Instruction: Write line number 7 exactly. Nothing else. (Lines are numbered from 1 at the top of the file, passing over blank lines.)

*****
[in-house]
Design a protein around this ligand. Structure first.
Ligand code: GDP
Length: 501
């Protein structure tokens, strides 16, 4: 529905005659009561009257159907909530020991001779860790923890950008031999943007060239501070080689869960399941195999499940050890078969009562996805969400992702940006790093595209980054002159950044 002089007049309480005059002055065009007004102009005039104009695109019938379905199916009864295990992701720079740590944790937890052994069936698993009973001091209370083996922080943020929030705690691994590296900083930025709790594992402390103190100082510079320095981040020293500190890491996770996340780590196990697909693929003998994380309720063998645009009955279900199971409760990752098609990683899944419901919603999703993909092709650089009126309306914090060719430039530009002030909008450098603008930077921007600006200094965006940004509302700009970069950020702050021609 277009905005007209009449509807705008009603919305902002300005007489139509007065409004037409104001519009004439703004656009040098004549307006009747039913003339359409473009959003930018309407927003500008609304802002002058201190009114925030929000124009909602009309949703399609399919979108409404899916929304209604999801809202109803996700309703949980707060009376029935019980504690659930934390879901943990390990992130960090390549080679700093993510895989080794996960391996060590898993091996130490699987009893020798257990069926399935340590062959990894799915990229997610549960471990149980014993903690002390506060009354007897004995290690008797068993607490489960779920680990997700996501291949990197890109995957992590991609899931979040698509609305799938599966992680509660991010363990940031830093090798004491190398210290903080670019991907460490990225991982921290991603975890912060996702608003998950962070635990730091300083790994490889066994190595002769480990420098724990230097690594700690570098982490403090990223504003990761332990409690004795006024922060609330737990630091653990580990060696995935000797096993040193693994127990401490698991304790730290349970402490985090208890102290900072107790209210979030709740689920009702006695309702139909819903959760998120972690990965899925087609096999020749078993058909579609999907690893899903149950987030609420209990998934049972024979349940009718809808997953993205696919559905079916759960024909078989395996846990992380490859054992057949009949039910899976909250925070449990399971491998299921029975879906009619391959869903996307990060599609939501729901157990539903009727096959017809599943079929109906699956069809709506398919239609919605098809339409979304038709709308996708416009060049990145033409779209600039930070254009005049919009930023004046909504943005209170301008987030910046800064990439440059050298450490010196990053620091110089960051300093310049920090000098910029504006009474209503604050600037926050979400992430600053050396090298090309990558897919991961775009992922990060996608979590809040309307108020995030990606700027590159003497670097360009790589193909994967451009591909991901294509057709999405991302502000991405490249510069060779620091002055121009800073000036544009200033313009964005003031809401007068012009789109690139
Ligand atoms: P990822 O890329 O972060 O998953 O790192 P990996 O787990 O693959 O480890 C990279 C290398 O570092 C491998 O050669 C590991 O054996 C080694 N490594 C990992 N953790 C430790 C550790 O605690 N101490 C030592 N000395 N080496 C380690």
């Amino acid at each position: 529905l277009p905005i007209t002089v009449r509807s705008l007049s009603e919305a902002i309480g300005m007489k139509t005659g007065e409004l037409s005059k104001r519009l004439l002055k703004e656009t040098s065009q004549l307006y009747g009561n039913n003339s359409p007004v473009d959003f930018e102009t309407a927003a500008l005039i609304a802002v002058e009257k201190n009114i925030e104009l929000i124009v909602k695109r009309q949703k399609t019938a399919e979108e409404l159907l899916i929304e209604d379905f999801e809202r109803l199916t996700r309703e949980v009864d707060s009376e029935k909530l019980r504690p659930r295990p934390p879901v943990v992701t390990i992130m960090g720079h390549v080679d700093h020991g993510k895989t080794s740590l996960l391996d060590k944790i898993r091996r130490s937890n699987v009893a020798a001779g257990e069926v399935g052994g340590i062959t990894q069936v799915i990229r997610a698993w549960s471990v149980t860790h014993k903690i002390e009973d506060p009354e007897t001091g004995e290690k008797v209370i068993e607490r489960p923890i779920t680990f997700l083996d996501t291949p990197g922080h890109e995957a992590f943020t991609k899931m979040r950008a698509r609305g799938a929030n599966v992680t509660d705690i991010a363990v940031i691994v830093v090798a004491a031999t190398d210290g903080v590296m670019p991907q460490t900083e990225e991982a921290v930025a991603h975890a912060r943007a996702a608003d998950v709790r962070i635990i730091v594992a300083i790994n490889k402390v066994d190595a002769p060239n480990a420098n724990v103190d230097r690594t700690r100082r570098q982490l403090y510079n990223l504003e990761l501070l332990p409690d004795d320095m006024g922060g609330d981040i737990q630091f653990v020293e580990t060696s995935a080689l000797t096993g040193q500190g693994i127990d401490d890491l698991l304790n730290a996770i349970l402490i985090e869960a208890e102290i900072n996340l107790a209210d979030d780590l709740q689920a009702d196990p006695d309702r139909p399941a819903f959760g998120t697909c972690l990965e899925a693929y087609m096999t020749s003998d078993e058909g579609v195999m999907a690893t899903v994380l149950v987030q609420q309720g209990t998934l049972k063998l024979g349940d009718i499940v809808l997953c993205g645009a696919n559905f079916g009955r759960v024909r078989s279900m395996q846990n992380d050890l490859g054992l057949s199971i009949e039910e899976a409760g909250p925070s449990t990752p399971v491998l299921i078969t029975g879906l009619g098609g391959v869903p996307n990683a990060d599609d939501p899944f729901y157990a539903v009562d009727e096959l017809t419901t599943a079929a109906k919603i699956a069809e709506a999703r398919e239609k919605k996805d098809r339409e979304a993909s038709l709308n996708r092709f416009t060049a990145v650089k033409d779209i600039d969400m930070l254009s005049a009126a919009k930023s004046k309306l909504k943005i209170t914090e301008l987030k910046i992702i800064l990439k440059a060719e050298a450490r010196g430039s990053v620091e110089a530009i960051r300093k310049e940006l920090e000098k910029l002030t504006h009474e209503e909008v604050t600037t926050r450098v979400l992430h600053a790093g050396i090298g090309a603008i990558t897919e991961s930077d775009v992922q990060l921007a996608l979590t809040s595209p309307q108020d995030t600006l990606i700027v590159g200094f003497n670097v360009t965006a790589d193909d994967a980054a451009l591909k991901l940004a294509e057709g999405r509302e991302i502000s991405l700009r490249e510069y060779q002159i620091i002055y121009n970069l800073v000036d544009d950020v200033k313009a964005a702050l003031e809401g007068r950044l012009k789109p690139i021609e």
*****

């Amino acid at each position: 529905l277009p905005i007209t002089v009449r509807s705008l007049s009603e919305a902002i309480g300005m007489k139509t005659g007065e409004l037409s005059k104001r519009l004439l002055k703004e656009t040098s065009q004549l307006y009747g009561n039913n003339s359409p007004v473009d959003f930018e102009t309407a927003a500008l005039i609304a802002v002058e009257k201190n009114i925030e104009l929000i124009v909602k695109r009309q949703k399609t019938a399919e979108e409404l159907l899916i929304e209604d379905f999801e809202r109803l199916t996700r309703e949980v009864d707060s009376e029935k909530l019980r504690p659930r295990p934390p879901v943990v992701t390990i992130m960090g720079h390549v080679d700093h020991g993510k895989t080794s740590l996960l391996d060590k944790i898993r091996r130490s937890n699987v009893a020798a001779g257990e069926v399935g052994g340590i062959t990894q069936v799915i990229r997610a698993w549960s471990v149980t860790h014993k903690i002390e009973d506060p009354e007897t001091g004995e290690k008797v209370i068993e607490r489960p923890i779920t680990f997700l083996d996501t291949p990197g922080h890109e995957a992590f943020t991609k899931m979040r950008a698509r609305g799938a929030n599966v992680t509660d705690i991010a363990v940031i691994v830093v090798a004491a031999t190398d210290g903080v590296m670019p991907q460490t900083e990225e991982a921290v930025a991603h975890a912060r943007a996702a608003d998950v709790r962070i635990i730091v594992a300083i790994n490889k402390v066994d190595a002769p060239n480990a420098n724990v103190d230097r690594t700690r100082r570098q982490l403090y510079n990223l504003e990761l501070l332990p409690d004795d320095m006024g922060g609330d981040i737990q630091f653990v020293e580990t060696s995935a080689l000797t096993g040193q500190g693994i127990d401490d890491l698991l304790n730290a996770i349970l402490i985090e869960a208890e102290i900072n996340l107790a209210d979030d780590l709740q689920a009702d196990p006695d309702r139909p399941a819903f959760g998120t697909c972690l990965e899925a693929y087609m096999t020749s003998d078993e058909g579609v195999m999907a690893t899903v994380l149950v987030q609420q309720g209990t998934l049972k063998l024979g349940d009718i499940v809808l997953c993205g645009a696919n559905f079916g009955r759960v024909r078989s279900m395996q846990n992380d050890l490859g054992l057949s199971i009949e039910e899976a409760g909250p925070s449990t990752p399971v491998l299921i078969t029975g879906l009619g098609g391959v869903p996307n990683a990060d599609d939501p899944f729901y157990a539903v009562d009727e096959l017809t419901t599943a079929a109906k919603i699956a069809e709506a999703r398919e239609k919605k996805d098809r339409e979304a993909s038709l709308n996708r092709f416009t060049a990145v650089k033409d779209i600039d969400m930070l254009s005049a009126a919009k930023s004046k309306l909504k943005i209170t914090e301008l987030k910046i992702i800064l990439k440059a060719e050298a450490r010196g430039s990053v620091e110089a530009i960051r300093k310049e940006l920090e000098k910029l002030t504006h009474e209503e909008v604050t600037t926050r450098v979400l992430h600053a790093g050396i090298g090309a603008i990558t897919e991961s930077d775009v992922q990060l921007a996608l979590t809040s595209p309307q108020d995030t600006l990606i700027v590159g200094f003497n670097v360009t965006a790589d193909d994967a980054a451009l591909k991901l940004a294509e057709g999405r509302e991302i502000s991405l700009r490249e510069y060779q002159i620091i002055y121009n970069l800073v000036d544009d950020v200033k313009a964005a702050l003031e809401g007068r950044l012009k789109p690139i021609e």